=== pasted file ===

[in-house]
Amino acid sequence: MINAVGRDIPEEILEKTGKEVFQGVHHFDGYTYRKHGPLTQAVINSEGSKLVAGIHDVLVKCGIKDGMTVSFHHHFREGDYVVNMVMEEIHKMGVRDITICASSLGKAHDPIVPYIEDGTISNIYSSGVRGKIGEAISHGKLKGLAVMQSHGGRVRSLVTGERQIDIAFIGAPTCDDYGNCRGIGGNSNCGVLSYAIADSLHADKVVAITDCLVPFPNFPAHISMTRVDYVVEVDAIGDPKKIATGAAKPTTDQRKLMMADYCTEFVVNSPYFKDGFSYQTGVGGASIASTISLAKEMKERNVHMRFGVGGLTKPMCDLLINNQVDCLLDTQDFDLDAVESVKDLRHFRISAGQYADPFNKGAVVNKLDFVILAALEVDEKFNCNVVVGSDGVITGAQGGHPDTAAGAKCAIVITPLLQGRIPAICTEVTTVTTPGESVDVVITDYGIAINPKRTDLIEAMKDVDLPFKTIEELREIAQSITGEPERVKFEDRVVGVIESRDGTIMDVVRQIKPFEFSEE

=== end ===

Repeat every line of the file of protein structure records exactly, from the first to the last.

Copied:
[in-house]
Amino acid sequence: MINAVGRDIPEEILEKTGKEVFQGVHHFDGYTYRKHGPLTQAVINSEGSKLVAGIHDVLVKCGIKDGMTVSFHHHFREGDYVVNMVMEEIHKMGVRDITICASSLGKAHDPIVPYIEDGTISNIYSSGVRGKIGEAISHGKLKGLAVMQSHGGRVRSLVTGERQIDIAFIGAPTCDDYGNCRGIGGNSNCGVLSYAIADSLHADKVVAITDCLVPFPNFPAHISMTRVDYVVEVDAIGDPKKIATGAAKPTTDQRKLMMADYCTEFVVNSPYFKDGFSYQTGVGGASIASTISLAKEMKERNVHMRFGVGGLTKPMCDLLINNQVDCLLDTQDFDLDAVESVKDLRHFRISAGQYADPFNKGAVVNKLDFVILAALEVDEKFNCNVVVGSDGVITGAQGGHPDTAAGAKCAIVITPLLQGRIPAICTEVTTVTTPGESVDVVITDYGIAINPKRTDLIEAMKDVDLPFKTIEELREIAQSITGEPERVKFEDRVVGVIESRDGTIMDVVRQIKPFEFSEE